Dianne Loewen of the Dryden Conservation Camp

Dianne Loewen

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In the 20 years that Dianne Loewen has lived and worked in Dryden, Ontario, she has seen time and again how the tight-knit community helps others.

Loewen uses the words "wonderful," "warm" and "family-oriented" to describe both her community and the employees of Domtar's mill in Dryden, Ontario, where she has worked for the past two decades.

As the coordinator of the Dryden Conservation Camp, Loewen is making a difference by helping her community learn why managing forests sustainably promises a healthy future.

What kind of work do you do at Domtar's Dryden Mill?

In my role as coordinator for forestlands and public affairs at the Dryden Mill, I support the forestlands activities on the lands that we manage on behalf of the province of Ontario. I also support Domtar's community relations and outreach programs from a regional perspective.

How would you describe the community in Dryden?

In my experience, you can walk up to just about anybody at the mill and it's almost guaranteed that they will be involved in a host of volunteer activities, whether it's coaching a local sports team or participating in the Rotary Club. It's something that I love about my community, in and out of work.

What is the Dryden Conservation Camp?

The program, which turned 60 this year, is geared toward ninth-grade students from Dryden High School. Around 40 students participate each year, though some years have seen more.

The camp's goal is to teach the next generation the importance of sustainably managing their natural resources. The camp also exposes students to a variety of professions at a time when they are beginning to think about their own career paths. This lets them discover careers in natural resource management, like biologists, soil experts, firefighters, foresters and trappers.

It's truly amazing to know that 60 years ago there were people focused on conservation and sustainability long before they were buzzwords in the pulp and paper industry — or any industry. The camp has always been a priority for the Dryden Mill, and I'm proud to be part of such a long legacy.

How does the Dryden Conservation Camp encourage sustainable forestry management?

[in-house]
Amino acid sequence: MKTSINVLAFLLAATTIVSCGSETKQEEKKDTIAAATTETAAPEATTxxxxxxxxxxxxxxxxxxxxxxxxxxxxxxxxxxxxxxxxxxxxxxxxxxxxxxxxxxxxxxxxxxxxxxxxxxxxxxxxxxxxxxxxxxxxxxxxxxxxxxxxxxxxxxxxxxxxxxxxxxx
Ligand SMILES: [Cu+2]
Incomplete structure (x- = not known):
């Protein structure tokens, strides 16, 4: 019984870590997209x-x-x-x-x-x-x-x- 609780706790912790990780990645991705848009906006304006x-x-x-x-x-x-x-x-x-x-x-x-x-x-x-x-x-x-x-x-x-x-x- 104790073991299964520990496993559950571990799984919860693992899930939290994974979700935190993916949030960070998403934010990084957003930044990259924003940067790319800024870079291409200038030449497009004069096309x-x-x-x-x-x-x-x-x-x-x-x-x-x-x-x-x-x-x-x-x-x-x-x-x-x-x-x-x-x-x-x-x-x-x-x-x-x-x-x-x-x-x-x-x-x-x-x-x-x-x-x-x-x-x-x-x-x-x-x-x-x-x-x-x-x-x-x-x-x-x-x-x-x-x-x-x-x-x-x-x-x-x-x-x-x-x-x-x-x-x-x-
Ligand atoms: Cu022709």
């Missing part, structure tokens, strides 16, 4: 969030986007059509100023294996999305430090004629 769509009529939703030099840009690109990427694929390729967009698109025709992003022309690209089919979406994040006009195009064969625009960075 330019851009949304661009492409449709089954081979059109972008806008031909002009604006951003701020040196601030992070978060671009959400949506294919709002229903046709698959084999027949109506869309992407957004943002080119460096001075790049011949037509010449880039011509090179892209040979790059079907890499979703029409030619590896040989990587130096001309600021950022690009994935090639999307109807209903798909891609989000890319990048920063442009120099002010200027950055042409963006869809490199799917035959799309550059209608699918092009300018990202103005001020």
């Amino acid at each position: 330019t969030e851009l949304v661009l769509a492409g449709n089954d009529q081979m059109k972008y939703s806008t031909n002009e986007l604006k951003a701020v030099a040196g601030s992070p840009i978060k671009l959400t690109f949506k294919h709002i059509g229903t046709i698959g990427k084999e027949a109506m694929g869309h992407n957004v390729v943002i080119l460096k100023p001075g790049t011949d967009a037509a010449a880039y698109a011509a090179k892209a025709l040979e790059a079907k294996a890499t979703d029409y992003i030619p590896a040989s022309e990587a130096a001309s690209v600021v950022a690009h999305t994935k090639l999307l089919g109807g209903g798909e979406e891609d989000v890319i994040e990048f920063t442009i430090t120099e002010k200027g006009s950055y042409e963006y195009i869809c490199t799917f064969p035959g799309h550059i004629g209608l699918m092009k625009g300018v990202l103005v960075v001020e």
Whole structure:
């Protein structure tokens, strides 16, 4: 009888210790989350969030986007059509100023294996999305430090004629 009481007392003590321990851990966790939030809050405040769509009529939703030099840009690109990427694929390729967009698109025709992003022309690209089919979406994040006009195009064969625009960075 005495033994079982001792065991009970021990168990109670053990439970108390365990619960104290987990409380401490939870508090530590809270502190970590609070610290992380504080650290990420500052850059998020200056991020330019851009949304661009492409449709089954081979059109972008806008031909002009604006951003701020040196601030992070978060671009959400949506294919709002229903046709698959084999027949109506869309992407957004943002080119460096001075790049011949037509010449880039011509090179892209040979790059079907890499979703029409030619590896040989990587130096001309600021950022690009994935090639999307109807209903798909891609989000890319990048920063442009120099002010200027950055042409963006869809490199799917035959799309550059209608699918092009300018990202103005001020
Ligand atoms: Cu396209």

One of the key components that the Dryden camp focuses on is the in-depth perspective on forest management. The Dryden Mill operates on provincial land, meaning it's a shared resource. To drive home this point, each camp participant is assigned a different stakeholder role to play during the course of the camp.

Every summer, for two and a half days, teens from Dryden get to learn from the perspective of tourist operators, anglers, hunters, foresters, First Nation members and more. They really get a feel for what it could be like to be in one of these positions, and that is a powerful experience.

The participants then gather for a cumulative activity at the end of the camp to develop a mock forest management plan by balancing the wants and needs of the stakeholder roles they have been assigned. This is truly reflective of forest management planning in the province of Ontario.

What does the Dryden Conservation Camp mean to you?

Before I began coordinating the camp 14 years ago, I had never even heard about the program. Now, I can't imagine the Dryden Mill — or my life — without it. It's the most meaningful part of my job. It is so rewarding to see the students' eyes become opened to the realities of sustainable forest management and to see them overcome the many misconceptions to which they have been exposed.

I've also seen employees at the Dryden Mill take their community service one step further by participating in the Dryden Conservation Camp. For the past 60 years, they have come together with students, teachers and volunteers from a wide variety of backgrounds to teach students about sustainable forestry and forest management.

How do you hope to make a difference?

This mill in Dryden has been around for more than 100 years. If it weren't managed sustainably, we wouldn't be having this conversation right now, and it wouldn't be here today. I want to make a difference by teaching students that forestry is about caring for forests, not cutting them down. The most important thing is showing students that they live in the heart of a renewable resource — the forests of Ontario — and as long as it's managed sustainably, it will be here forever.

Learn more about how the Dryden Conservation Camp teaches youths about the responsible management of natural resources.

Source: Domtar Newsroom